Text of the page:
Wednesday, December 2, 2009

How to Make Homemade Dog Toys

By Ruthie Bently

I get perturbed when I buy Skye a dog toy that I think should last for a while and doesn’t. Having owned four AmStaffs, I think I am a pretty good judge of what will and won’t last around Skye. For example, though she dearly loves soft toys, they won’t last more than about five minutes with her because she tears them apart. She has done the same thing with tennis ball toys, so I don’t buy them for her either. I have gotten pretty handy with a sewing machine and I am a pretty fair braider. With those talents I have been able to make quite a few homemade dog toys.

One Christmas when I was younger, my grandmother made stuffed animals. I got a pony, and she also made a lion, giraffe and a penguin. I have sewed stuffed dog toys for Skye by buying some patterns and some scraps of sturdy fabric (denim, corduroy and broadcloth). I leave off any embellishments like button eyes or yarn whiskers that may be added to the toy. This leaves fewer things for Skye to grab on to and keeps her from eating yarn or swallowing buttons. Good sources for patterns are family, friends and your local thrift store.

Actually, you don’t even need to buy a pattern to make homemade dog toys. I made Skye a fabric cube that was 6” x 6” x6” and very easy to do. Make a square paper pattern that measures 6” long and 6” wide. Use your pattern to cut out six pieces of your chosen fabric. Sew the squares together in the shape of a cube, leaving one seam open so you can stuff the toy. For stuffing use fabric scraps or stuffing that you can get at your local craft store. Stuff the cube until the sides are firm, but not bulging, and sew your last seam shut. You can make the pattern larger or smaller depending on the size of your own dog. If you can’t use a sewing machine, you can use a craft needle and hand stitch your seams.

I have also made dog tugs out of old cotton jeans. I use clean jeans and rip out all the seams, which leaves me with four pieces of fabric. Depending on how thick I want the tug to be, I use either one or two pieces of fabric. I begin tying knots up the pant leg and depending on the length of the leg can get three or four knots tied in the length. You can use cotton towels to make tugs too, but I have found that they tend to get shredded faster than the denim tugs. The benefit of the cotton towels is that Skye has her own built-in dental floss. Cotton fibers are safer for dogs, but never leave your dog alone with these toys; they should only play with them under supervision.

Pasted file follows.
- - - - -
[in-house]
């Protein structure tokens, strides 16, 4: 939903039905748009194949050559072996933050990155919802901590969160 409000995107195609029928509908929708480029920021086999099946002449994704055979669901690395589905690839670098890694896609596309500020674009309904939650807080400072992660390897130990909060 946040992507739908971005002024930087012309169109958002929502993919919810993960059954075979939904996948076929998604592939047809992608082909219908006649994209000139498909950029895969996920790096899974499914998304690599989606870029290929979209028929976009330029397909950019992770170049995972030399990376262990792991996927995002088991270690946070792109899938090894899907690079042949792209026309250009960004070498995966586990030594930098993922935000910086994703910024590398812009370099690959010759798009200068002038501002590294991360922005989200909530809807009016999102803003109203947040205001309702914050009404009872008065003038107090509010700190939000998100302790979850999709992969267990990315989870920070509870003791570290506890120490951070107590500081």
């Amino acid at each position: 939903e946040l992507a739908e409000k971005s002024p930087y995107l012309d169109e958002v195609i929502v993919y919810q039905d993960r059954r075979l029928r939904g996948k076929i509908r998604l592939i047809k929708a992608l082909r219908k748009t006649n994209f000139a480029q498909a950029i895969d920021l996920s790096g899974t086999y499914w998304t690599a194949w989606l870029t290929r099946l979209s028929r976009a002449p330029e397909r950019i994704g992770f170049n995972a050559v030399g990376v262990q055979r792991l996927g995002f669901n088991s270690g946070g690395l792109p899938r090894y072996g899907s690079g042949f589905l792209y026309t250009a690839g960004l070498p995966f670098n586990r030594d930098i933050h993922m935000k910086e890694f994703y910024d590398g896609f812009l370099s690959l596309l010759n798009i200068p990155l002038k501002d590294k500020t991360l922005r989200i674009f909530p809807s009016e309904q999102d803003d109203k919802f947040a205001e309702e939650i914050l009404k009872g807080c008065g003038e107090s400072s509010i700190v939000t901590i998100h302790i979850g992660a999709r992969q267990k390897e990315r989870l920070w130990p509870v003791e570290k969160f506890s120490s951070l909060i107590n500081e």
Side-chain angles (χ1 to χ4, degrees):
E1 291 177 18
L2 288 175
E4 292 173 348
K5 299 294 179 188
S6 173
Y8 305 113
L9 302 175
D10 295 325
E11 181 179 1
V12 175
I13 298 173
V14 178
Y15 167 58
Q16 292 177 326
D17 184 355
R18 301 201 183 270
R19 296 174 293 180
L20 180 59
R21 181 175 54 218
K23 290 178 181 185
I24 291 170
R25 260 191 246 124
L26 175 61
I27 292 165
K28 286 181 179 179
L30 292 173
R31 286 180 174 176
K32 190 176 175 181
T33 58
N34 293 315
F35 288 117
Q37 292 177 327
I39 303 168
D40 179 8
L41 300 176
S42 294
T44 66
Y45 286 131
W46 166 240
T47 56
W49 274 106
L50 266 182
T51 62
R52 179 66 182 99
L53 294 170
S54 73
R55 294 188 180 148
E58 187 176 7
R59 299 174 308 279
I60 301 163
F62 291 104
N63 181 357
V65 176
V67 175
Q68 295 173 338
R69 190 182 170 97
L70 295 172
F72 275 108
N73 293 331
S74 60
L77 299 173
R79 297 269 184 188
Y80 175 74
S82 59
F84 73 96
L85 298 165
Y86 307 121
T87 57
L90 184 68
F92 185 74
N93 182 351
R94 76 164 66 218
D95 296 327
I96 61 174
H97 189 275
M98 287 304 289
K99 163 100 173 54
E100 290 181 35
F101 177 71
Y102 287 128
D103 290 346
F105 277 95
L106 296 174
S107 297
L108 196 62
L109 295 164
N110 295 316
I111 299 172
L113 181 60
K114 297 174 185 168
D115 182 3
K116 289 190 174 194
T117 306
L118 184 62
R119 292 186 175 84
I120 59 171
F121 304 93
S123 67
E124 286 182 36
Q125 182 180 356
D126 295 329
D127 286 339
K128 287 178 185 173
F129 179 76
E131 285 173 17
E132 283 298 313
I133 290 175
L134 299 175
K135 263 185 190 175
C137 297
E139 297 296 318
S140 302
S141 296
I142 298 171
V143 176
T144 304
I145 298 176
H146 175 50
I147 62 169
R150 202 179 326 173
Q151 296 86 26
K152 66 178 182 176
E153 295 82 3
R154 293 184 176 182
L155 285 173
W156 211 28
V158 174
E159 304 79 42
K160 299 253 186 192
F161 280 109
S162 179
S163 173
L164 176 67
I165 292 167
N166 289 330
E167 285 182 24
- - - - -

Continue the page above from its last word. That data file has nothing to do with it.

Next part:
Does your dog love to chase things? One of Skye’s favorite toys is a cotton sock with a ball in it. Get an old racquetball or tennis ball, put it down the sock and knot the neck of the sock. If the sock has a hole in the toe, knot that end too and your dog has a retrieving toy to chase after. I fashioned another homemade dog toy using a braid as the base which has several variations. I took three long strips of fabric (both denim and fleece works), put a knot in one end and braided them down halfway where I tied another knot. I finished braiding to the other end and added a third knot. You can use it as a tug or if you stitch the end fringes together you have a retrievable ring toy with three knots. I have also taken three braids and tied one knot attaching all three together. The one I am working on now incorporates six braids, each eighteen inches long, and should make for an interesting homemade dog toy.

I recycle and reuse as many things as I can, and making dog toys for Skye is rewarding on many levels. I see my own glee on that long ago Christmas morning reflected in Skye’s eyes every time I present her with a new homemade dog toy.

Read more articles by Ruthie Bently

1 comment:

  1. I agree - homemade dog toys are cheaper, more environmentally friendly and fun to make! I've recently set up a blog about thrifty pet ownership, which includes some more ideas for homemade dog toys. Stuffing homemade toys with treats is a definite winner in our house.


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